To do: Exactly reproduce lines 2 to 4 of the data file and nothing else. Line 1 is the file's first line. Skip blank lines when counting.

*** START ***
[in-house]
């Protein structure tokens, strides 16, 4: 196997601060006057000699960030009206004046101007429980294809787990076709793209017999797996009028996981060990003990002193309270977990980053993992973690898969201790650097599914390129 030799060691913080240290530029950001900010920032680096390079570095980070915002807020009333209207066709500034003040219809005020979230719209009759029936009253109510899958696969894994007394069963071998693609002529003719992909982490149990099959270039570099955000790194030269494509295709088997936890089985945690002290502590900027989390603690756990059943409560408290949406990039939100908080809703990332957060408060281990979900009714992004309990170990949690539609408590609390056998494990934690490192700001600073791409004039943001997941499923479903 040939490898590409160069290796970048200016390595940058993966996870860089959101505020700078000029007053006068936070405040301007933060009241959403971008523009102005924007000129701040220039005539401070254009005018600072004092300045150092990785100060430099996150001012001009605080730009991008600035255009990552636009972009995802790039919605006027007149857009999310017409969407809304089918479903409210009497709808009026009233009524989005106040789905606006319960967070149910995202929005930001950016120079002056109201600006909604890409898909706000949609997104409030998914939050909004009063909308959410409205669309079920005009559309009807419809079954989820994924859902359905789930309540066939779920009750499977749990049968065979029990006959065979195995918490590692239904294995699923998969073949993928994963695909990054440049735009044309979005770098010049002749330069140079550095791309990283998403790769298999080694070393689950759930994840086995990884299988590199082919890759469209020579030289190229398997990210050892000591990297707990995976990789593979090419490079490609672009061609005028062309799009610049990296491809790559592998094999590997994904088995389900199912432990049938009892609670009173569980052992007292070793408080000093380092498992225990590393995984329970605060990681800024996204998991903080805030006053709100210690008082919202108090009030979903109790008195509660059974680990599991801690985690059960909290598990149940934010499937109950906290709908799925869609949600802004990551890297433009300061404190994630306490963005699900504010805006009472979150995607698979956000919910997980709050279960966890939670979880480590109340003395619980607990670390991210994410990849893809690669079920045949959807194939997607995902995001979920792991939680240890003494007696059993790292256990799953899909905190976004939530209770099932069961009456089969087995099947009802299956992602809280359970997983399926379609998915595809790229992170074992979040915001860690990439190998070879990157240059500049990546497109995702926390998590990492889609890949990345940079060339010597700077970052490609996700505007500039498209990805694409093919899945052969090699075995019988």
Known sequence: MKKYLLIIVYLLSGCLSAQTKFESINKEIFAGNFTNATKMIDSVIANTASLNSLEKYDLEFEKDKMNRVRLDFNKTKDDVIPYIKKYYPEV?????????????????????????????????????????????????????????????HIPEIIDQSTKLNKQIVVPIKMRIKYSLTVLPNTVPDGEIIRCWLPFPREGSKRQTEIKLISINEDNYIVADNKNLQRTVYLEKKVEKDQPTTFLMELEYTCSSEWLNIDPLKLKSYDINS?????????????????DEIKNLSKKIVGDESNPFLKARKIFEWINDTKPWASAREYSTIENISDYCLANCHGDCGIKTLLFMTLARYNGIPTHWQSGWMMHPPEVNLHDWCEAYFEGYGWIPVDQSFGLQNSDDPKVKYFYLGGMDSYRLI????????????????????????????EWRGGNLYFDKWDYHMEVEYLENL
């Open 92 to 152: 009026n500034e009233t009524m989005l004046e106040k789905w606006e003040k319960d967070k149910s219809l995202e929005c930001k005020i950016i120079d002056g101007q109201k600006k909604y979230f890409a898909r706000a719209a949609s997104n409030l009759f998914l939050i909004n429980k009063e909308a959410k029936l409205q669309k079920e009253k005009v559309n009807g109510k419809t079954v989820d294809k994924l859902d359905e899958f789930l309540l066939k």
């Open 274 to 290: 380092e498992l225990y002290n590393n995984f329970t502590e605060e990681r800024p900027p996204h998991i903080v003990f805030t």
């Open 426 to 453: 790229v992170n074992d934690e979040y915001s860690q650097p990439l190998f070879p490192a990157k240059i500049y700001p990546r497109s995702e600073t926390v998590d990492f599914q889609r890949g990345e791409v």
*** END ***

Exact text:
């Protein structure tokens, strides 16, 4: 196997601060006057000699960030009206004046101007429980294809787990076709793209017999797996009028996981060990003990002193309270977990980053993992973690898969201790650097599914390129 030799060691913080240290530029950001900010920032680096390079570095980070915002807020009333209207066709500034003040219809005020979230719209009759029936009253109510899958696969894994007394069963071998693609002529003719992909982490149990099959270039570099955000790194030269494509295709088997936890089985945690002290502590900027989390603690756990059943409560408290949406990039939100908080809703990332957060408060281990979900009714992004309990170990949690539609408590609390056998494990934690490192700001600073791409004039943001997941499923479903 040939490898590409160069290796970048200016390595940058993966996870860089959101505020700078000029007053006068936070405040301007933060009241959403971008523009102005924007000129701040220039005539401070254009005018600072004092300045150092990785100060430099996150001012001009605080730009991008600035255009990552636009972009995802790039919605006027007149857009999310017409969407809304089918479903409210009497709808009026009233009524989005106040789905606006319960967070149910995202929005930001950016120079002056109201600006909604890409898909706000949609997104409030998914939050909004009063909308959410409205669309079920005009559309009807419809079954989820994924859902359905789930309540066939779920009750499977749990049968065979029990006959065979195995918490590692239904294995699923998969073949993928994963695909990054440049735009044309979005770098010049002749330069140079550095791309990283998403790769298999080694070393689950759930994840086995990884299988590199082919890759469209020579030289190229398997990210050892000591990297707990995976990789593979090419490079490609672009061609005028062309799009610049990296491809790559592998094999590997994904088995389900199912432990049938009892609670009173569980052992007292070793408080000093380092498992225990590393995984329970605060990681800024996204998991903080805030006053709100210690008082919202108090009030979903109790008195509660059974680990599991801690985690059960909290598990149940934010499937109950906290709908799925869609949600802004990551890297433009300061404190994630306490963005699900504010805006009472979150995607698979956000919910997980709050279960966890939670979880480590109340003395619980607990670390991210994410990849893809690669079920045949959807194939997607995902995001979920792991939680240890003494007696059993790292256990799953899909905190976004939530209770099932069961009456089969087995099947009802299956992602809280359970997983399926379609998915595809790229992170074992979040915001860690990439190998070879990157240059500049990546497109995702926390998590990492889609890949990345940079060339010597700077970052490609996700505007500039498209990805694409093919899945052969090699075995019988």
Known sequence: MKKYLLIIVYLLSGCLSAQTKFESINKEIFAGNFTNATKMIDSVIANTASLNSLEKYDLEFEKDKMNRVRLDFNKTKDDVIPYIKKYYPEV?????????????????????????????????????????????????????????????HIPEIIDQSTKLNKQIVVPIKMRIKYSLTVLPNTVPDGEIIRCWLPFPREGSKRQTEIKLISINEDNYIVADNKNLQRTVYLEKKVEKDQPTTFLMELEYTCSSEWLNIDPLKLKSYDINS?????????????????DEIKNLSKKIVGDESNPFLKARKIFEWINDTKPWASAREYSTIENISDYCLANCHGDCGIKTLLFMTLARYNGIPTHWQSGWMMHPPEVNLHDWCEAYFEGYGWIPVDQSFGLQNSDDPKVKYFYLGGMDSYRLI????????????????????????????EWRGGNLYFDKWDYHMEVEYLENL
């Open 92 to 152: 009026n500034e009233t009524m989005l004046e106040k789905w606006e003040k319960d967070k149910s219809l995202e929005c930001k005020i950016i120079d002056g101007q109201k600006k909604y979230f890409a898909r706000a719209a949609s997104n409030l009759f998914l939050i909004n429980k009063e909308a959410k029936l409205q669309k079920e009253k005009v559309n009807g109510k419809t079954v989820d294809k994924l859902d359905e899958f789930l309540l066939k």